A new theory suggests that the Earth could get the elements necessary for the formation of life after a massive collision with a planet of Martian size.
The new study found that the ancient collision that formed the moon could also bring all the components necessary for life. More than 4.4 billion years ago, a Martian-sized body crashed into a primitive Earth, creating our satellite, which entered a stable orbit around the planet.
However, scientists believe that this event could have a much greater impact than previously thought. An article of January 23 indicates that a collision could fill the planet with carbon, nitrogen and sulfur, necessary for the origin of life. At that time, the Earth resembled today's Mars. She had a core and a mantle, but the rest was poor in volatile elements.
Elements outside the nuclear parts of the planet can be mixed with each other, but never in contact with the elements of the core. Although there were several volatile substances in the latter, they did not have the opportunity to break through to the outer layers of the planet. Then a collision occurred. One theory says that special types of meteorites (carbonaceous chondrites) crashed into the Earth and provided the volatile silicate planet with voluminous substances. The idea is based on the fact that the ratio of elements converge with those found in meteorites. That is, the source of the elements should be meteorites.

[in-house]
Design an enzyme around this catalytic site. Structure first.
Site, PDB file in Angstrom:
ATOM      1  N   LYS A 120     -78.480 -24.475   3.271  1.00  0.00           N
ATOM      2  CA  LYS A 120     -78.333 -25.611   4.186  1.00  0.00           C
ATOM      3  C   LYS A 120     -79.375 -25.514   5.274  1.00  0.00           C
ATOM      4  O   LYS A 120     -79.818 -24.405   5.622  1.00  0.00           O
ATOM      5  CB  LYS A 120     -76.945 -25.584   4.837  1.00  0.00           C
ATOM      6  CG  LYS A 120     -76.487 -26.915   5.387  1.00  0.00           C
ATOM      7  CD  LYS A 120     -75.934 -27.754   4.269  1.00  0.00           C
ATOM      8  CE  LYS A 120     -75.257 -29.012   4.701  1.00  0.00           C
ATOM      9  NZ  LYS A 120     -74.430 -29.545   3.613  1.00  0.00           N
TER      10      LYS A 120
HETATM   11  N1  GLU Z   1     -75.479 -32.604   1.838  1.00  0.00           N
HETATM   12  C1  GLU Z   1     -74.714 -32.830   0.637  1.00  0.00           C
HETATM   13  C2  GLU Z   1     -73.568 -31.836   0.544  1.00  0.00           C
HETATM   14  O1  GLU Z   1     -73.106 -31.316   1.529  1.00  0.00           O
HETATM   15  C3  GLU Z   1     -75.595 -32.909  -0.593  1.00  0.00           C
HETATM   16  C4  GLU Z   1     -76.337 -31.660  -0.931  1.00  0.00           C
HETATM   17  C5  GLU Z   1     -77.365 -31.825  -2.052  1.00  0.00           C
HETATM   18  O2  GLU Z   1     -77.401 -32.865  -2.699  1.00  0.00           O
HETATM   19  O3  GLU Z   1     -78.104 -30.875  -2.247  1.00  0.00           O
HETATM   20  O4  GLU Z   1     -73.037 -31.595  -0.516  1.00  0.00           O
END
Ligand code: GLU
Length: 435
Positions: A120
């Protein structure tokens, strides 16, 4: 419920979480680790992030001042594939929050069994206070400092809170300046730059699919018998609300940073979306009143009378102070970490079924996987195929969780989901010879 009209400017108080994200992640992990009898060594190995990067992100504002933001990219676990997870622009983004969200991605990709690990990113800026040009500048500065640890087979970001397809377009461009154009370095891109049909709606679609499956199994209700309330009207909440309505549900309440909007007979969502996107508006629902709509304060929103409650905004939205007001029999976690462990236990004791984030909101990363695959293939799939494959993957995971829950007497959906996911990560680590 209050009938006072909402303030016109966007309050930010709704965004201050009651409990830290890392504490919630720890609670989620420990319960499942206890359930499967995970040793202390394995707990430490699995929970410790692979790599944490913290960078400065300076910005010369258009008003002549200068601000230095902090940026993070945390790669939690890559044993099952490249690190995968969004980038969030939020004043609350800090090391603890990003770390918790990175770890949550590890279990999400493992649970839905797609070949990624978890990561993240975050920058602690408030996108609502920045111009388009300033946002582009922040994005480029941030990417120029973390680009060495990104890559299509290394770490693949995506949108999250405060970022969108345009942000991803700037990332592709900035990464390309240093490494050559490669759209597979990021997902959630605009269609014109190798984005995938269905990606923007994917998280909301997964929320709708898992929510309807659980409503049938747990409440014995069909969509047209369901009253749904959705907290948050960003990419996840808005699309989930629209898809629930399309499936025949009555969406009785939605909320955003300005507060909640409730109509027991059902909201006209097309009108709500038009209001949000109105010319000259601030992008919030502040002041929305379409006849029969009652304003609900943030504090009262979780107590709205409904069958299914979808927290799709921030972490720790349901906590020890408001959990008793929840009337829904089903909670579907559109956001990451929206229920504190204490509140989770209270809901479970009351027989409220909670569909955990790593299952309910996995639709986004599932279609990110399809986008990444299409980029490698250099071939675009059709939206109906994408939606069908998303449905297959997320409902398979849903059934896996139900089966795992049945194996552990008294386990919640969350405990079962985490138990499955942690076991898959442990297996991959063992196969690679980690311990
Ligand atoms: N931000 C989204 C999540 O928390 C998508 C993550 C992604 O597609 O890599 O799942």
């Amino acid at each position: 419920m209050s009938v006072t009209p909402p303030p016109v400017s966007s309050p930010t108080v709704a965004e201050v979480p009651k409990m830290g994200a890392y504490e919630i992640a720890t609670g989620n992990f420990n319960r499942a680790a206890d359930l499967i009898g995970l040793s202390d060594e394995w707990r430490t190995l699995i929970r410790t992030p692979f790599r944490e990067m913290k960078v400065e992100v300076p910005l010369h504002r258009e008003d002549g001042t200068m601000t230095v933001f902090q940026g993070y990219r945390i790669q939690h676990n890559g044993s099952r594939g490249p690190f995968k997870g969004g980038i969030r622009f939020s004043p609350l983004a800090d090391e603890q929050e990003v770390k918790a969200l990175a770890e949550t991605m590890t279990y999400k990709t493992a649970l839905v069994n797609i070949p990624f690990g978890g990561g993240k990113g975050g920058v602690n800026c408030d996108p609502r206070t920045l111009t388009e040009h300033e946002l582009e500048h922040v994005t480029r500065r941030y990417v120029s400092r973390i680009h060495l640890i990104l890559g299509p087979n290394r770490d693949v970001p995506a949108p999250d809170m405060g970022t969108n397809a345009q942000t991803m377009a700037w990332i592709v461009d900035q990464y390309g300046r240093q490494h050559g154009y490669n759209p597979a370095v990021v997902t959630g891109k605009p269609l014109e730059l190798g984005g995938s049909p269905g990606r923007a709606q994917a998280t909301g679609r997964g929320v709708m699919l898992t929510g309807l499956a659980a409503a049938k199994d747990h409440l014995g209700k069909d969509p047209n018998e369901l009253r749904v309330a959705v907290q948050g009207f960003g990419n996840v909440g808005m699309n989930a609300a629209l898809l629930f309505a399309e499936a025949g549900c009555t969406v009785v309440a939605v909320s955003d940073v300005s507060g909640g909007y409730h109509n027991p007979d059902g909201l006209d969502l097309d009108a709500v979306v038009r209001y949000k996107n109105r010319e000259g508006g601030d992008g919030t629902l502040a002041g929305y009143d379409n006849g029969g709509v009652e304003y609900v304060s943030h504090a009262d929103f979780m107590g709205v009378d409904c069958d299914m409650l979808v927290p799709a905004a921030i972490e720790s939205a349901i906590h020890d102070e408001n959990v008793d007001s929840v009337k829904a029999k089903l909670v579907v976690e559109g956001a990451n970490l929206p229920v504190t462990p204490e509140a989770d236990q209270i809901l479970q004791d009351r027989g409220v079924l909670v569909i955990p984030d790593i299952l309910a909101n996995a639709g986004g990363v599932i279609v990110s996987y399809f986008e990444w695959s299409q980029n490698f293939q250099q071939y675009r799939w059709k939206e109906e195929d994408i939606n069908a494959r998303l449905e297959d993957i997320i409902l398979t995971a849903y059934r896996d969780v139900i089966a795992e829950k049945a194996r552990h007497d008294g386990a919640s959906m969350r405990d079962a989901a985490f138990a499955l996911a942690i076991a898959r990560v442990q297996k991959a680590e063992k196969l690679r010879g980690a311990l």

But there is a problem: the ratio of carbon and nitrogen is not taken into account. About 20 parts of carbon per one part of nitrogen are present in meteorites, and 40 parts of carbon per part of nitrogen are present in terrestrial material.
Therefore, the researchers decided to test another theory: what if our planet had lunch for a major stranger? The earth could face many planetary types. One of them is able to give the necessary proportion of elements. If a collision occurred, then the two planetary cores merged with the mantles. Scientists decided to design a theoretical absorbed planet.
To do this, the laboratory created high-temperature conditions of high pressure, under which the core of the planet could appear. In capsules made of graphite (carbon form), they combined metal powder (core) with different proportions of silicate powder (a mixture of silicon and oxygen — a mantle). By varying the temperature, pressure and proportions of sulfur in the experiments, the team derived scenarios of how the elements could be divided between the core and the rest of the hypothetical planet. It turned out that carbon is much less inclined to bind with iron at high concentrations of nitrogen and sulfur. But nitrogen is in contact with iron, even with a large amount of sulfur.
The data was then used in a simulation to test how various volatile elements behave. After more than a billion simulations, they found that the most plausible scenario involves the collision of the Earth with a Martian-sized planet, which included 25-30% of sulfur in the core. The theory has yet to be tested, but it has great potential.